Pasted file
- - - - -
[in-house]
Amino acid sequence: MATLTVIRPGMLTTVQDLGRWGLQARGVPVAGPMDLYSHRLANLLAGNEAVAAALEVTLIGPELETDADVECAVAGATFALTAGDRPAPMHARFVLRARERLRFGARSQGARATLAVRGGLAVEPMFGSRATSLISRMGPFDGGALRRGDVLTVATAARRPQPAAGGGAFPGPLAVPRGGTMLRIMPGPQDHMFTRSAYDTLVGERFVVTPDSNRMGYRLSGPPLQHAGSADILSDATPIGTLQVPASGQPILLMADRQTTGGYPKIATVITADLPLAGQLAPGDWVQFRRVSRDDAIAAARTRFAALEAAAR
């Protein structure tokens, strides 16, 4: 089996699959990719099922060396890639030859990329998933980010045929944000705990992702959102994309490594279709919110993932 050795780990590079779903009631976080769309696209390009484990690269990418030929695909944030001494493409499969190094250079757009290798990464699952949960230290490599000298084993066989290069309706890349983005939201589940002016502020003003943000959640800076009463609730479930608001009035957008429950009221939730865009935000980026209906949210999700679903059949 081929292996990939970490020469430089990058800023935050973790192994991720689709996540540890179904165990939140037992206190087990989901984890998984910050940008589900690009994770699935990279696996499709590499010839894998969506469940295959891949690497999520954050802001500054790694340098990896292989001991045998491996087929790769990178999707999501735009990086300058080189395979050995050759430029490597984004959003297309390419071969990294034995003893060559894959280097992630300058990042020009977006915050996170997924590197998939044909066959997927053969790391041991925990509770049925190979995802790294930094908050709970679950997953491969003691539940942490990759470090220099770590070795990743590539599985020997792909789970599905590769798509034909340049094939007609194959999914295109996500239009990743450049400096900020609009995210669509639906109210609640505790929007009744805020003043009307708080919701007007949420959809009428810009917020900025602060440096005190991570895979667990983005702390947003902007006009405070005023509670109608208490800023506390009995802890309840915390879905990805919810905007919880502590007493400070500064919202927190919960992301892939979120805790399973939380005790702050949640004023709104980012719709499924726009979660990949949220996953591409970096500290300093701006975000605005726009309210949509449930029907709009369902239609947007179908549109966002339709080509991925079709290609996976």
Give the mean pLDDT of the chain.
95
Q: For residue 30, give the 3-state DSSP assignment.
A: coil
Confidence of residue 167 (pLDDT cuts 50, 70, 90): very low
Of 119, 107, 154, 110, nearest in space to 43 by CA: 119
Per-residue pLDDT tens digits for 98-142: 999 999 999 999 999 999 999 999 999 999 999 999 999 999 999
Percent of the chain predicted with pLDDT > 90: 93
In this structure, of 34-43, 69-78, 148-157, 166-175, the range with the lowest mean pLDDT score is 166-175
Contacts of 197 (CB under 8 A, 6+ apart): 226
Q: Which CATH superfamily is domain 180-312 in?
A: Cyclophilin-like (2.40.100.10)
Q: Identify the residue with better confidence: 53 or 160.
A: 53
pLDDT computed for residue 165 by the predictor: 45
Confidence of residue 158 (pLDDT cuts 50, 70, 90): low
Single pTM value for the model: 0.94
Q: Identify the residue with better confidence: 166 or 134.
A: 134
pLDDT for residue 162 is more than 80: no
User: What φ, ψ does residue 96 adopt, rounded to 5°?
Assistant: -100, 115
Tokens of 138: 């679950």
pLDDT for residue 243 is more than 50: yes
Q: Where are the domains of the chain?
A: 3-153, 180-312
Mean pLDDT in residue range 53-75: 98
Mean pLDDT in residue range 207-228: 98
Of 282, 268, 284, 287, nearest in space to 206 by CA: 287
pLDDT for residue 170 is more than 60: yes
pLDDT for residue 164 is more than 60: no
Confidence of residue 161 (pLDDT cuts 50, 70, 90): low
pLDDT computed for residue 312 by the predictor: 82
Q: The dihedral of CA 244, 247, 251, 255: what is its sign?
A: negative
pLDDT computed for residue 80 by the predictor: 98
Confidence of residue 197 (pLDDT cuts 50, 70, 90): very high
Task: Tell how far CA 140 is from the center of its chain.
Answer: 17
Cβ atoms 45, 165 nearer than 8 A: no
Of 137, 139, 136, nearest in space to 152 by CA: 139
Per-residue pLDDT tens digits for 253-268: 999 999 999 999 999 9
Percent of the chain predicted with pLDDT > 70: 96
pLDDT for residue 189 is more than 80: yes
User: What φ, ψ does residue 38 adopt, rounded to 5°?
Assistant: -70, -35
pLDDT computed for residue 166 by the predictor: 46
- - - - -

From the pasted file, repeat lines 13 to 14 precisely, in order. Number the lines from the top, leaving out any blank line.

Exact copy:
Contacts of 197 (CB under 8 A, 6+ apart): 226
Q: Which CATH superfamily is domain 180-312 in?